Publication date: Aug 10, 2022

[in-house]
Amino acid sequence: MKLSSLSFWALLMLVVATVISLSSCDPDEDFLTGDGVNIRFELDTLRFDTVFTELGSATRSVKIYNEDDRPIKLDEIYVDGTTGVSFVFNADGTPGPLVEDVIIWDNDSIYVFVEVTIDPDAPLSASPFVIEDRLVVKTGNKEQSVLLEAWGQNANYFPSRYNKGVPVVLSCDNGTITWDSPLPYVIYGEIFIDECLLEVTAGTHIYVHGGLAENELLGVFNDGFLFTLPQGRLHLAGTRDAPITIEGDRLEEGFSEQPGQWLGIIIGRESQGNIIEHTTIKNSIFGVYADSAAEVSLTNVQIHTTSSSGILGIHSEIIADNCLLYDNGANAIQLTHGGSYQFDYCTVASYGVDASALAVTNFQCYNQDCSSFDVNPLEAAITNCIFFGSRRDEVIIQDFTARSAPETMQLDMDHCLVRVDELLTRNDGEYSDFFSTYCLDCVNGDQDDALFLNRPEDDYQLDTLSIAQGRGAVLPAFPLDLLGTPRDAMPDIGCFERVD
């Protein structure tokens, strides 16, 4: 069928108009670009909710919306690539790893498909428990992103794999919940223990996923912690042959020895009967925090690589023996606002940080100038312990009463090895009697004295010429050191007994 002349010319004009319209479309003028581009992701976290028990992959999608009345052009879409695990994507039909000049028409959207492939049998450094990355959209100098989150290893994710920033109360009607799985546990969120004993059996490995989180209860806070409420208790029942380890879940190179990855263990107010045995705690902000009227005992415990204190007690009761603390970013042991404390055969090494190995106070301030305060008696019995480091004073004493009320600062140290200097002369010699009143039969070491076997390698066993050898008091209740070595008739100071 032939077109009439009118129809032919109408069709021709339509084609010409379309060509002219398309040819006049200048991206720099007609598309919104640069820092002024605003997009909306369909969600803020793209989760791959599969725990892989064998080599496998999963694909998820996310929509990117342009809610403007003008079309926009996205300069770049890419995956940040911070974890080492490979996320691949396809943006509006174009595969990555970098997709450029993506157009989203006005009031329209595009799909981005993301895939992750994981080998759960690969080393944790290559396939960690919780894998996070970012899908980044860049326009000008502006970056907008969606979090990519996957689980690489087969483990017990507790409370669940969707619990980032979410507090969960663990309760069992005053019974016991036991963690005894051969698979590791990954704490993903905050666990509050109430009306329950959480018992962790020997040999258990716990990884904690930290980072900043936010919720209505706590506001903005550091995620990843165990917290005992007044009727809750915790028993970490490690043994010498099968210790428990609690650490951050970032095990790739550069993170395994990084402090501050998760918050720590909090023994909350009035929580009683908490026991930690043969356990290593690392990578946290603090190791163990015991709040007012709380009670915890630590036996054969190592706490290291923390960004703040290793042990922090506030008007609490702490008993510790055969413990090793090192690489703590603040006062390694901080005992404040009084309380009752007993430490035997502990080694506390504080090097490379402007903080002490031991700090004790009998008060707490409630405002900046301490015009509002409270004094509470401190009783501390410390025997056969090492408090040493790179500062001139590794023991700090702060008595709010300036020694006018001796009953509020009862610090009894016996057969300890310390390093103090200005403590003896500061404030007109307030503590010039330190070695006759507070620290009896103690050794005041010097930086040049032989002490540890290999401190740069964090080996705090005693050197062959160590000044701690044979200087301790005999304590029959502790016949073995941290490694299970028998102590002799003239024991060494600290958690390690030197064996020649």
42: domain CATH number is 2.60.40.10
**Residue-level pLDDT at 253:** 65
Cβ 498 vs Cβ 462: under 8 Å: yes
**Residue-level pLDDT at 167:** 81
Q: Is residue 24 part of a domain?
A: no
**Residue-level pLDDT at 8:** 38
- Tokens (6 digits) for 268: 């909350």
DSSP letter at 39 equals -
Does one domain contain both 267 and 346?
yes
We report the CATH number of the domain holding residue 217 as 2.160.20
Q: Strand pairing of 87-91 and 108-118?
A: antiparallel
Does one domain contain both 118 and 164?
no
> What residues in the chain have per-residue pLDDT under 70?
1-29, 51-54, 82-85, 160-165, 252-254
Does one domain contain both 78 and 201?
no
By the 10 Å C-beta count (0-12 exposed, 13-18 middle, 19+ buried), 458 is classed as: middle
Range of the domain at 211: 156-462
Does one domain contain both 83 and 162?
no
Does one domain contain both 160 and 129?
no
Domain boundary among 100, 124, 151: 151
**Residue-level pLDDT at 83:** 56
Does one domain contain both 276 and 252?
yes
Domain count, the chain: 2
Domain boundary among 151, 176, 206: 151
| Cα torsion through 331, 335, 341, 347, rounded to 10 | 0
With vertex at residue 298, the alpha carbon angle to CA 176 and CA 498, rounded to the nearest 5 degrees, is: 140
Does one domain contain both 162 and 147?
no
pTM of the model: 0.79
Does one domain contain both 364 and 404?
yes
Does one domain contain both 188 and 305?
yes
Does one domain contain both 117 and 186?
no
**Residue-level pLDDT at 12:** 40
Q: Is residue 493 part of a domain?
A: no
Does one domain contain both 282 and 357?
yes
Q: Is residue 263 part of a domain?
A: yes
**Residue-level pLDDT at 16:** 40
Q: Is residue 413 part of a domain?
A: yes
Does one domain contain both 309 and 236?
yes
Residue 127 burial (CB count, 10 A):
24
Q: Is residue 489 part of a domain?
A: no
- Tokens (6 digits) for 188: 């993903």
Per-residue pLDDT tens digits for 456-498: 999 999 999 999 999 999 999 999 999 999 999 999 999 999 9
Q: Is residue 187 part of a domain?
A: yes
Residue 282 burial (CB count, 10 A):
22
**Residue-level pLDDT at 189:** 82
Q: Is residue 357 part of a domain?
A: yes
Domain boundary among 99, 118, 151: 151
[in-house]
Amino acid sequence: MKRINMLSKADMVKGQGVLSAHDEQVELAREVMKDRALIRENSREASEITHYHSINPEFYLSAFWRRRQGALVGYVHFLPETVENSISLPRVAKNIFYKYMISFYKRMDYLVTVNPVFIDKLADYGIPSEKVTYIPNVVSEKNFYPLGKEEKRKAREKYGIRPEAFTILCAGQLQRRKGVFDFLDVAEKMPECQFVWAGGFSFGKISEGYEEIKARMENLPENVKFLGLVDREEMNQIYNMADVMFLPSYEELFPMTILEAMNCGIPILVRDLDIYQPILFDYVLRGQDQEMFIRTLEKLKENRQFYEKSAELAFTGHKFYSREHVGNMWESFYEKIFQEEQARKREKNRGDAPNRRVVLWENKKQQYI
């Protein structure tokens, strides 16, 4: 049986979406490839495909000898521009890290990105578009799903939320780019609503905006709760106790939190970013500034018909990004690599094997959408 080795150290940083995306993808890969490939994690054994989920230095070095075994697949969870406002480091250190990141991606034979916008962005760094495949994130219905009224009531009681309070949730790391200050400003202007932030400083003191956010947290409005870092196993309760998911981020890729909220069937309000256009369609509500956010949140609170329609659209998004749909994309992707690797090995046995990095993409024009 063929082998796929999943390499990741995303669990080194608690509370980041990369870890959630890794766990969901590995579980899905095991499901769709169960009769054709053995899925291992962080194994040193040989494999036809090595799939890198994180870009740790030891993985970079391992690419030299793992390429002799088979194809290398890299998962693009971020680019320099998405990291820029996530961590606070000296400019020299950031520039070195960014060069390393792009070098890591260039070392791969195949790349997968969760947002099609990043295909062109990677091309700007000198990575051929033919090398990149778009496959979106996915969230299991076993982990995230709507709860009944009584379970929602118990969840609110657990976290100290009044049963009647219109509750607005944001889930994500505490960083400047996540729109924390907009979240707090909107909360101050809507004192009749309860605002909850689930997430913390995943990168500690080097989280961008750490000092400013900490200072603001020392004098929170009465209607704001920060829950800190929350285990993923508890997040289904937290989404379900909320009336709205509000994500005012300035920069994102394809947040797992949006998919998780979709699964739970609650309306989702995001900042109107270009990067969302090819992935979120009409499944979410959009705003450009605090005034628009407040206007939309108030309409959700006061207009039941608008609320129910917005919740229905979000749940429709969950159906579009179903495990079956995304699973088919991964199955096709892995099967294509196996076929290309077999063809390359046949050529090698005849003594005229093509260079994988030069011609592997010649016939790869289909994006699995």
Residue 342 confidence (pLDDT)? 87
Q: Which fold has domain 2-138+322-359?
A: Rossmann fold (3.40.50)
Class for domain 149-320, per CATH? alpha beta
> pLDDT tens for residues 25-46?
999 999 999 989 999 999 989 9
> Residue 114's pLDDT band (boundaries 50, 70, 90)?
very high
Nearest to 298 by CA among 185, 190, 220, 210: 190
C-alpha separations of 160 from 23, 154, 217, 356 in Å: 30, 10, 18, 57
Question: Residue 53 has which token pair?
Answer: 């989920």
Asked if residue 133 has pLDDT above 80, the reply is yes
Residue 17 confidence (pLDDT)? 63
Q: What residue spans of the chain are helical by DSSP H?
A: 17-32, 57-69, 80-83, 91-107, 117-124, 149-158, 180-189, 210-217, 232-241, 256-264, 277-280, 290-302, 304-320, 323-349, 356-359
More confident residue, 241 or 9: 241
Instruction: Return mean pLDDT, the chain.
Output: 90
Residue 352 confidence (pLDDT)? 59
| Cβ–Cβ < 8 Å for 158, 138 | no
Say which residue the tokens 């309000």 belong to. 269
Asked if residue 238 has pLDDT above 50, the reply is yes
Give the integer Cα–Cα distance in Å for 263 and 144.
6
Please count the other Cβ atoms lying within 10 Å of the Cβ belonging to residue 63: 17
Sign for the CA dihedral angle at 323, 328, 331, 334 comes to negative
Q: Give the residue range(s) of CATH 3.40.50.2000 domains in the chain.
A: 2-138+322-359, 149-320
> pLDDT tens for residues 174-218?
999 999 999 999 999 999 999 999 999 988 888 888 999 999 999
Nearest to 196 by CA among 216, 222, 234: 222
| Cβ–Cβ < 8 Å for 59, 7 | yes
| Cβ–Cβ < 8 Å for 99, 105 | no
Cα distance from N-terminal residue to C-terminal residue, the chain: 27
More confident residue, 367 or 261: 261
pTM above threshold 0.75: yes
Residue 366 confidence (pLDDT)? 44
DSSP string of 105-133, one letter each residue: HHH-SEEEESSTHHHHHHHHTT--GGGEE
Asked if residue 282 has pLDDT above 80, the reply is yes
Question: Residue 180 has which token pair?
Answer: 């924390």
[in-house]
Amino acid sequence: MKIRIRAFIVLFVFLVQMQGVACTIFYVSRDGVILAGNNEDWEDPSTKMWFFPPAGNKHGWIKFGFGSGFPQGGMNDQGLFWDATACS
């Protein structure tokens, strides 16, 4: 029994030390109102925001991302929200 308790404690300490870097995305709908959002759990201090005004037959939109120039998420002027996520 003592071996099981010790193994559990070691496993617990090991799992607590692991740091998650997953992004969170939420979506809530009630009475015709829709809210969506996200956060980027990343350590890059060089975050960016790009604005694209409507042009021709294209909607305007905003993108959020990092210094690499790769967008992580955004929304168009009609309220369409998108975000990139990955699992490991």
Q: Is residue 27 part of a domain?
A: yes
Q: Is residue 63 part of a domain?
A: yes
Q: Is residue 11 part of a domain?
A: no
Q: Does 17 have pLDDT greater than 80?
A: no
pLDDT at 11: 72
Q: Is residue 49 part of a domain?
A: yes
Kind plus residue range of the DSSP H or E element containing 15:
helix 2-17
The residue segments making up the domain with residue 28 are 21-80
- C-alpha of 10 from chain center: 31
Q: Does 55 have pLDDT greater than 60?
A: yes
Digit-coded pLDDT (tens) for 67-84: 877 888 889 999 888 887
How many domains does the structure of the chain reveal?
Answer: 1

Fear of cancer recurrence (FCR) is a significant unmet need amongst cancer survivors and is consistently associated with psychological distress and impaired quality of life. Psychological interventions for FCR, such as ConquerFear, have demonstrated efficacy in reducing FCR and improving emotional wellbeing. Unfortunately, there are barriers to the uptake of evidence-based FCR treatments in clinical practice. A stepped-care FCR treatment model may overcome these barriers and has demonstrated potential in people with advanced melanoma. This study aims to evaluate the acceptability, feasibility, and impact of a stepped-care FCR treatment model (Fear-Less) in people with other cancer types, who have completed treatment with curative intent. Sixty people with early-stage cancer (defined as individuals who have received treatment with curative intent and with no metastatic disease) will be screened for FCR using the Fear of Cancer Recurrence Inventory-Short Form (FCRI-SF). Individuals reporting moderate FCR (FCRI-SF between 13 and 21) will be offered a clinician-guided self-management resource; those reporting high FCR (FCRI-SF ≥ 22) will be offered individual therapy according to the ConquerFear protocol. Participants will complete purpose-built evaluation surveys assessing their FCR screening and intervention experiences. Clinicians will also complete a survey regarding their experiences of the treatment model. Fear-Less will be evaluated in terms of (1) acceptability (i. e., patient and clinician experience), (2) feasibility (i. e., referral uptake, treatment adherence, and time taken to screen and deliver interventions), and (3) impact (i. e., pre- to post-intervention FCR changes). The Fear-Less stepped-care model is a novel framework for screening FCR and stratifying survivors to the appropriate level of treatment. Our study will provide an indication of whether Fear-Less is a feasible and acceptable FCR model of care amongst survivors with early-stage disease and inform further investigations of this model. Australian New Zealand Clinical Trials Registry (ANZCTR); ACTRN12622000818730 .